A scheme is underway to vaccinate girls in the northeast state of Sikkim against the human papillomavirus (HPV).
The programme is expected to reach 32,000 girls aged nine to fourteen over the next fortnight. They will be administered the first dose of the HPV vaccine in the next two weeks. The second dose will be given in six months’ time to ensure full protection.
The scheme was launched on Monday in Namchi, capital of the state’s south district. There 1,817 girls were administered the vaccine.
The Department of Healthcare, Human Services and Family Welfare is running the initiative with the support of the World Health Organization (WHO) and UNICEF. The vaccine is being supplied to the state government by UNICEF for just Rs 400 per dose. This is compared to the market price of Rs 3,000 per dose.
The scheme marks the first statewide immunisation drive against HPV in India, according to state health secretary Vishal Chauhan. “Punjab is the other state which has undertaken the vaccination drive, but it has only covered two districts,” Chauhan added.
“Despite the effectiveness of the HPV vaccine, its use in India has been the subject of controversy”
The initiative was announced to protect Sikkim’s girls against cervical cancer. The second most common form of cancer among Indian women, cervical cancer accounts for seventeen percent of all cancer deaths in the country.
HPV is a group of more than 150 different viruses which are often sexually transmitted. Two HPV strains – types 16 and 18 – are responsible for seventy percent of cervical cancer cases according to the WHO. The HPV vaccine is considered a valuable tool in the fight against cervical cancer, as clinical trials suggest it is 99 percent effective against cancers caused by HPV 16 and 18.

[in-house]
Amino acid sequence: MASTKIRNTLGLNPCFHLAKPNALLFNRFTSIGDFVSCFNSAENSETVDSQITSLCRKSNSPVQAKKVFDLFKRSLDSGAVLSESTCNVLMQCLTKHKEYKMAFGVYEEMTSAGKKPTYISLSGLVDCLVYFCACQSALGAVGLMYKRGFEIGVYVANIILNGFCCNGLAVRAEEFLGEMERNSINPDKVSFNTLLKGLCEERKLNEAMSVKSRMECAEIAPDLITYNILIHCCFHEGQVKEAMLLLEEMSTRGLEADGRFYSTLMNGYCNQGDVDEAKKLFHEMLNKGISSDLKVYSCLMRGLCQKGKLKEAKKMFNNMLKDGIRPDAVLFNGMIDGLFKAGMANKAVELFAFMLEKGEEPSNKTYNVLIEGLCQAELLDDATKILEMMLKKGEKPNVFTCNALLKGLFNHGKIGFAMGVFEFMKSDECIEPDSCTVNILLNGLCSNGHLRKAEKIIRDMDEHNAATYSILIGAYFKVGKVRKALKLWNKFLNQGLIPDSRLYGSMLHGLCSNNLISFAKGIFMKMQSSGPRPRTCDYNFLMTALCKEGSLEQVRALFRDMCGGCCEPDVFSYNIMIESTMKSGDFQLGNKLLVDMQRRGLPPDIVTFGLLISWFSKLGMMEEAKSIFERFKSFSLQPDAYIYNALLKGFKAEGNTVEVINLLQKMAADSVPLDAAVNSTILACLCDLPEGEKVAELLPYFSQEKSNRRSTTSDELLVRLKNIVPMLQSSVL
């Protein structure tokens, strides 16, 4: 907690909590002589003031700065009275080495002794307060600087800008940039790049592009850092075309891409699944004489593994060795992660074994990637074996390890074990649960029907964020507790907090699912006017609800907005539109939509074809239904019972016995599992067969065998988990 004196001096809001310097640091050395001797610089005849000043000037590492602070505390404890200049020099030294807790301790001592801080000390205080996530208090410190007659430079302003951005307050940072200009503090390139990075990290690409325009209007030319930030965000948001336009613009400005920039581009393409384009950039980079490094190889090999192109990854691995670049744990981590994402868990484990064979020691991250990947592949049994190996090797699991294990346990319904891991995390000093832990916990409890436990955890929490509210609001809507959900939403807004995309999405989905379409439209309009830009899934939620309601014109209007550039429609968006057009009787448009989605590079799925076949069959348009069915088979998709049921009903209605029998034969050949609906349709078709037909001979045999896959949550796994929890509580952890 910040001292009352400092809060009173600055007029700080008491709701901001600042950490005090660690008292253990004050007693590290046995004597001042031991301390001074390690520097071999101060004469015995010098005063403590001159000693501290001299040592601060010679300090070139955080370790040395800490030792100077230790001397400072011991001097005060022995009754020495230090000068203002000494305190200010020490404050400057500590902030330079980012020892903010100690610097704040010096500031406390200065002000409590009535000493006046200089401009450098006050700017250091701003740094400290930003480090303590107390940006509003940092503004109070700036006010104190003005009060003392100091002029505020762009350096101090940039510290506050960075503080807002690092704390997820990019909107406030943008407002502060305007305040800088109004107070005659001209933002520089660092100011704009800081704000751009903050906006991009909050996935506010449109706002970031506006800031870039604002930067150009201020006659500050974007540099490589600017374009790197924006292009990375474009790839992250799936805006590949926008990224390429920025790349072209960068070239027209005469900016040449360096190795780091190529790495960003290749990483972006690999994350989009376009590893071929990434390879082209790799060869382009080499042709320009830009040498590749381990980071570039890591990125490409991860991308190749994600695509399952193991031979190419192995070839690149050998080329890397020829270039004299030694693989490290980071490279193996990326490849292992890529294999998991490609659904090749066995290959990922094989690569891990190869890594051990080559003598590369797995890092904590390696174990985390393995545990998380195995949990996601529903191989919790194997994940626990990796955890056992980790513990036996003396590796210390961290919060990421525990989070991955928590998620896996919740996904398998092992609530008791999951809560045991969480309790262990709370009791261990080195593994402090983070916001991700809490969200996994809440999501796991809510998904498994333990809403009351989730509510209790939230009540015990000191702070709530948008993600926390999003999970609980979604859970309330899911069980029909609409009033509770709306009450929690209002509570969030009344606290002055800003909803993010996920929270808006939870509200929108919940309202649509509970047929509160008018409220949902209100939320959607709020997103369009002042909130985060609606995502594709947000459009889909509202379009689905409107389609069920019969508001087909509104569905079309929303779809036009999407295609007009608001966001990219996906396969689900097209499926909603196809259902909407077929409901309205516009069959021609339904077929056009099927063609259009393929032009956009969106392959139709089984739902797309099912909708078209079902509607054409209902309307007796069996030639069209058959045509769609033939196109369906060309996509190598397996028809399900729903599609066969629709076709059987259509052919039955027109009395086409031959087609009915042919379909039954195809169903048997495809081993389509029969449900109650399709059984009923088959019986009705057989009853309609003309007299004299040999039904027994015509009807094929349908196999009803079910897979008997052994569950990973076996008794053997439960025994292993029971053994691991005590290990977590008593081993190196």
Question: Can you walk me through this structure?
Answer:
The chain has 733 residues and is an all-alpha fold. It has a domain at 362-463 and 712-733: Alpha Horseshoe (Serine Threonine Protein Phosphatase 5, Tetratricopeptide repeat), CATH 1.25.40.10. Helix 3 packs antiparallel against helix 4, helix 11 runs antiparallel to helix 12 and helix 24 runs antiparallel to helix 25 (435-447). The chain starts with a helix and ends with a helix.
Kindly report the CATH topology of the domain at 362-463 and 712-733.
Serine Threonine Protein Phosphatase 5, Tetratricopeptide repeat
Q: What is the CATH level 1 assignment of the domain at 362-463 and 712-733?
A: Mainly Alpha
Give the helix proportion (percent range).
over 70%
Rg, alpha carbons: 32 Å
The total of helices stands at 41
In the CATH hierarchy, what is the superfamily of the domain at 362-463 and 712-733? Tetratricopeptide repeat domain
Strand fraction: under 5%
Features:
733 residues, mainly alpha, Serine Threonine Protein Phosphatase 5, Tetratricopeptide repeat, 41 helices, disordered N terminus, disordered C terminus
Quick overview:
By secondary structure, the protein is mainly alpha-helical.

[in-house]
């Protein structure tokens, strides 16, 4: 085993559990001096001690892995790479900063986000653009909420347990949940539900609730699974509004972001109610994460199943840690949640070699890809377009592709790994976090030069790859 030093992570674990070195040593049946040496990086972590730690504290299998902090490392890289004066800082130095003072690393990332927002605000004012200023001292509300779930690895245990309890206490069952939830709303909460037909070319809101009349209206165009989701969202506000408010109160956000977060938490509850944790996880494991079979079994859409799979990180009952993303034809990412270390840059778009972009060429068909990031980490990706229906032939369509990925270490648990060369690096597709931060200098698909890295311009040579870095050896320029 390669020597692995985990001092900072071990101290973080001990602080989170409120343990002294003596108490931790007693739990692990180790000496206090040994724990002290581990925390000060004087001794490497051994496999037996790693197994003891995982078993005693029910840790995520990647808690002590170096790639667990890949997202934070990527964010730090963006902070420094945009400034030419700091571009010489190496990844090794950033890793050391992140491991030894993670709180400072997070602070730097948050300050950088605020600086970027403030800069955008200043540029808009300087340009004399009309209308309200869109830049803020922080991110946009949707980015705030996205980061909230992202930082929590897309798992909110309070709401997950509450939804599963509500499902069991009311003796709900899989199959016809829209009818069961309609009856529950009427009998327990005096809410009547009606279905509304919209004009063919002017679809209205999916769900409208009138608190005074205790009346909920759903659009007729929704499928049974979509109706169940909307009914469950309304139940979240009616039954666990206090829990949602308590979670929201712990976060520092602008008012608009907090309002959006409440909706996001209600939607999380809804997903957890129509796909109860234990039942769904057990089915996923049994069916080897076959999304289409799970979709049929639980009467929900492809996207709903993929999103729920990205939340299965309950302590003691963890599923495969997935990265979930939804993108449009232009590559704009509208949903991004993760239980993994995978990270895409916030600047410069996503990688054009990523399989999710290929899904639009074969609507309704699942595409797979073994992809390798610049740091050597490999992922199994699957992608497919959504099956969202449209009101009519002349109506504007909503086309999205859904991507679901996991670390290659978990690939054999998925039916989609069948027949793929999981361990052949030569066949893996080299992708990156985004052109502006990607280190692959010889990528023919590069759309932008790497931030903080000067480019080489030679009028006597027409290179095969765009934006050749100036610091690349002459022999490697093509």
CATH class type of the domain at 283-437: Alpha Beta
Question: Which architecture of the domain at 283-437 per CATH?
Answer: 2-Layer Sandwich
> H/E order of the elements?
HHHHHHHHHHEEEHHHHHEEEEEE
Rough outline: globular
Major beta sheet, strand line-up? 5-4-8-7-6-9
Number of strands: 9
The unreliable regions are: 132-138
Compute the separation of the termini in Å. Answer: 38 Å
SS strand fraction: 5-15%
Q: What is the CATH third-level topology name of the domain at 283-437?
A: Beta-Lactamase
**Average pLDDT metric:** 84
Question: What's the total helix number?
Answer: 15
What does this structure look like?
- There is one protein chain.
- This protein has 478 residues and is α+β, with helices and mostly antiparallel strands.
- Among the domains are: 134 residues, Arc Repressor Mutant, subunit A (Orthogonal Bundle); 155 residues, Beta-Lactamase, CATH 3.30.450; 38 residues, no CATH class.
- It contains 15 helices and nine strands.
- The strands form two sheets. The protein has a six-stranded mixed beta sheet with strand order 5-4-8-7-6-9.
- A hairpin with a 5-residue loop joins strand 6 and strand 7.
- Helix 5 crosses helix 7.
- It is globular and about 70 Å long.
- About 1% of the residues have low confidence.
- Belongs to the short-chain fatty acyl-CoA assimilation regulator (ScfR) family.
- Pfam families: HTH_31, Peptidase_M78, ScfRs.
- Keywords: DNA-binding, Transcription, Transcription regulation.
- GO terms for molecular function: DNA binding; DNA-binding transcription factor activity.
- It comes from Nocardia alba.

Despite the effectiveness of the HPV vaccine, its use in India has been the subject of controversy. As reported by Health Issues India earlier this year, the Union Ministry of Health and Family Welfare (MoHFW) decided against its inclusion in the country’s Universal Immunisation Programme (UIP).
Some suggested this was due to the objections of the Swadeshi Jagran Manch (SJM). Ashwani Mahajan, national co-convener of the SJM, wrote to the Centre in December last year expressing opposition to inclusion of the HPV vaccine in the UIP.
SJM is an affiliate of Rashtriya Swayamsevak Sangh (RSS). One of the most prominent members of the Sangh Parivar family of Hindu nationalist groups, the RSS is considered to be an influential forebearer of India’s ruling Bharatiya Janata Party (BJP).
For as long as provision of the HPV vaccine is not facilitated by the Centre, more state governments may find themselves assuming the mantle of ensuring the health and wellbeing of girls by protecting them from a deadly and preventable condition.
The initiative of the Sikkim government is undeniably positive news. However, it also serves as a reminder that, nationwide, young women are needlessly being put at risk of developing cervical cancer – a risk that is all too present and all too preventable.